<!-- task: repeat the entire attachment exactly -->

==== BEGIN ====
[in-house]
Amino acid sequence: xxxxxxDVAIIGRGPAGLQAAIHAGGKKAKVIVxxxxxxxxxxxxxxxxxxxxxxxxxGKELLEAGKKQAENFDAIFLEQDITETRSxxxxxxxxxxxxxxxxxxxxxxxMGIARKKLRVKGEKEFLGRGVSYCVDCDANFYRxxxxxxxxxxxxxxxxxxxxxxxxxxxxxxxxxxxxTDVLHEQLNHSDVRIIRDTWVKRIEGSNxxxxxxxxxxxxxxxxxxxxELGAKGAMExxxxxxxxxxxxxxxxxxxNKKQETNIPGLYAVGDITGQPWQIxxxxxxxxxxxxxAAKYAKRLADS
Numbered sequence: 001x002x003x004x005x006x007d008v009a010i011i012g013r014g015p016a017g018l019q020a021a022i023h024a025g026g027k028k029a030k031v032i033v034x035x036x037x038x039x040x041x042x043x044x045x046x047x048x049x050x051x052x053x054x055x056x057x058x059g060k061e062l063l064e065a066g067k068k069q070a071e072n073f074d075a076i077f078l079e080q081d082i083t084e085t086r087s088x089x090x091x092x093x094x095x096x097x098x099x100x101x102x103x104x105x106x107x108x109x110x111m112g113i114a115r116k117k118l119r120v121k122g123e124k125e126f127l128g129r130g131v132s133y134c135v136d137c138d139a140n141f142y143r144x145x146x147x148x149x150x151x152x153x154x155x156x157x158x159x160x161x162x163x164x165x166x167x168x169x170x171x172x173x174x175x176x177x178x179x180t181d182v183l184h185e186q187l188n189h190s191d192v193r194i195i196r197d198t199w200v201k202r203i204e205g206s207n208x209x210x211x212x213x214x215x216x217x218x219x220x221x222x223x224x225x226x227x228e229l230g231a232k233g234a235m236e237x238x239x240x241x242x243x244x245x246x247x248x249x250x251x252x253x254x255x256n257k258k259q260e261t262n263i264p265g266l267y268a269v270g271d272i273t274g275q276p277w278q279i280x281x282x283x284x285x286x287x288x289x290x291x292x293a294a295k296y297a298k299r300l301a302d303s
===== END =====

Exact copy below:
[in-house]
Amino acid sequence: xxxxxxDVAIIGRGPAGLQAAIHAGGKKAKVIVxxxxxxxxxxxxxxxxxxxxxxxxxGKELLEAGKKQAENFDAIFLEQDITETRSxxxxxxxxxxxxxxxxxxxxxxxMGIARKKLRVKGEKEFLGRGVSYCVDCDANFYRxxxxxxxxxxxxxxxxxxxxxxxxxxxxxxxxxxxxTDVLHEQLNHSDVRIIRDTWVKRIEGSNxxxxxxxxxxxxxxxxxxxxELGAKGAMExxxxxxxxxxxxxxxxxxxNKKQETNIPGLYAVGDITGQPWQIxxxxxxxxxxxxxAAKYAKRLADS
Numbered sequence: 001x002x003x004x005x006x007d008v009a010i011i012g013r014g015p016a017g018l019q020a021a022i023h024a025g026g027k028k029a030k031v032i033v034x035x036x037x038x039x040x041x042x043x044x045x046x047x048x049x050x051x052x053x054x055x056x057x058x059g060k061e062l063l064e065a066g067k068k069q070a071e072n073f074d075a076i077f078l079e080q081d082i083t084e085t086r087s088x089x090x091x092x093x094x095x096x097x098x099x100x101x102x103x104x105x106x107x108x109x110x111m112g113i114a115r116k117k118l119r120v121k122g123e124k125e126f127l128g129r130g131v132s133y134c135v136d137c138d139a140n141f142y143r144x145x146x147x148x149x150x151x152x153x154x155x156x157x158x159x160x161x162x163x164x165x166x167x168x169x170x171x172x173x174x175x176x177x178x179x180t181d182v183l184h185e186q187l188n189h190s191d192v193r194i195i196r197d198t199w200v201k202r203i204e205g206s207n208x209x210x211x212x213x214x215x216x217x218x219x220x221x222x223x224x225x226x227x228e229l230g231a232k233g234a235m236e237x238x239x240x241x242x243x244x245x246x247x248x249x250x251x252x253x254x255x256n257k258k259q260e261t262n263i264p265g266l267y268a269v270g271d272i273t274g275q276p277w278q279i280x281x282x283x284x285x286x287x288x289x290x291x292x293a294a295k296y297a298k299r300l301a302d303s